Located 2,600 miles southwest of Hawaii, the National Park of American Samoa is the most remote unit of the National Park System and the U.S. National Park south of the Equator. The Park spreads across three islands, 9,500 acres of tropical rainforest, and 4,000 acres of ocean, including coral reefs. While remote, the islands of American Samoa, true to the meaning of the word Samoa (Islands of Sacred Earth), are welcoming and offer beautiful landscapes and centuries of culture and history.
Seasoned backpacker and adventurer Yang Lu earned the grand prize in the 2015 Share the Experience photo contest with this image of a sunburst captured at sunrise in Glen Canyon National Recreation Area, Utah. Yang has made the outdoors part of his daily life and finds deep connection to the land through his lens.
“My photography is not just for recreation, it is to inspire people to explore these areas." -- Yang Lu
Photo by Yang Lu (www.sharetheexperience.org).
The plantings of cherry trees originated in 1912 as a gift of friendship to the People of the United States from the People of Japan. In Japan, the flowering cherry tree, or "Sakura," is an exalted flowering plant. The beauty of the cherry blossom is a potent symbol equated with the evanescence of human life and epitomizes the transformation of Japanese culture throughout the ages.
FWS Releases Final Restoration Plan for Tanker Truck Diesel Spill and Fire in Bill Williams River NWR in Arizona
Last edited 4/26/2016
Aerial view of Bill Williams River National Wildlife Refuge in August 2006 showing fire damage from the Texmo tanker truck diesel spill at the confluence of the Bill Williams River and Lake Havasu on the Lower Colorado River in Arizona. The spill occurred on the Arizona Route 95 bridge over the River. Photo credit: Arizona DOT.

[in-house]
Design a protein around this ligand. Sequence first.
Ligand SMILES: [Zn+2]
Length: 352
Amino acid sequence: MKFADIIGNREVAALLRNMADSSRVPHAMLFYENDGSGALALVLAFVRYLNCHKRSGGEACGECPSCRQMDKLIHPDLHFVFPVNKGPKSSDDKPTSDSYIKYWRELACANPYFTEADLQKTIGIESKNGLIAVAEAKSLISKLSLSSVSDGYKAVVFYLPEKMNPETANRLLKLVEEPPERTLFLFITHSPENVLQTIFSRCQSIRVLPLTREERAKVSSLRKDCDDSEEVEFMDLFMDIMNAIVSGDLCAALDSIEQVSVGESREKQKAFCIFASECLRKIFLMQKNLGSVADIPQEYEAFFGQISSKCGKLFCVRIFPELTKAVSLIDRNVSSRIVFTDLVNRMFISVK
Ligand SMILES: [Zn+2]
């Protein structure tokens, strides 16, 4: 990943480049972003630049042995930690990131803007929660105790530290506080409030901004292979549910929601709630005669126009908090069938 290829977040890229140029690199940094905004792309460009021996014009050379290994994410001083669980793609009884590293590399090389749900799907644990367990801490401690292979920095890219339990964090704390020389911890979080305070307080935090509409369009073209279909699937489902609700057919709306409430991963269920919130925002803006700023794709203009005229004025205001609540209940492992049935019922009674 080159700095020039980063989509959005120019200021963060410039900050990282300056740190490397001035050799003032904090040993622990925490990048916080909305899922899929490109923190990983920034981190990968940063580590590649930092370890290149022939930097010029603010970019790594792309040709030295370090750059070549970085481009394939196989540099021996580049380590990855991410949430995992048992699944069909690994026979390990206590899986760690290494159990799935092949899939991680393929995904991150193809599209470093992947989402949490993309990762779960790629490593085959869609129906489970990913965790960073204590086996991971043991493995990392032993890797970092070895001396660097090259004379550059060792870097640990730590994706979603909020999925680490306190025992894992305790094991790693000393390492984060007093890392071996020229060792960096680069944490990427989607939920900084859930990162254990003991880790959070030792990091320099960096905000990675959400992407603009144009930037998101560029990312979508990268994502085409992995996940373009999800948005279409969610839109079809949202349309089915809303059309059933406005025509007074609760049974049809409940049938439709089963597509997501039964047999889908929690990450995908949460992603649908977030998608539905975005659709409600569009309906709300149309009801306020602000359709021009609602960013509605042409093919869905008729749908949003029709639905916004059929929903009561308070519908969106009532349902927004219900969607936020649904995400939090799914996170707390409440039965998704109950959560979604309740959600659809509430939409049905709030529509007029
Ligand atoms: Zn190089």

On November 9, 2011 the U.S. Fish and Wildlife Service (FWS) released the “Final Restoration Plan and Environmental Assessment for Restoring Injuries to Wildlife and Fisheries Habitats from the Texmo Diesel Spill and Fire through the Natural Resource Damage Assessment and Restoration Program at the Bill Williams River National Wildlife Refuge, Mohave and La Paz County, Arizona.” FWS is the only natural resource trustee involved in this case.
The Restoration Plan addresses natural resource injuries from a July 28, 2006 tanker truck accident on the Arizona Route 95 bridge over the Bill Williams River in western Arizona. The tanker truck, owned by Texmo Oil Company Jobbers, overturned and released an estimated 7,600 to 7,800 gallons of diesel fuel. The diesel fuel spilled off the bridge into Bill Williams River National Wildlife Refuge and caught fire. An estimated 348 acres of habitat in the Refuge burned, including riparian marsh, woodlands and upland desert.
The purpose of this Restoration Plan is to identify restoration project alternatives, evaluate the environmental impact of the alternatives and identify restoration projects to compensate the public for injured natural resources from the diesel spill and fire at the National Wildlife Refuge.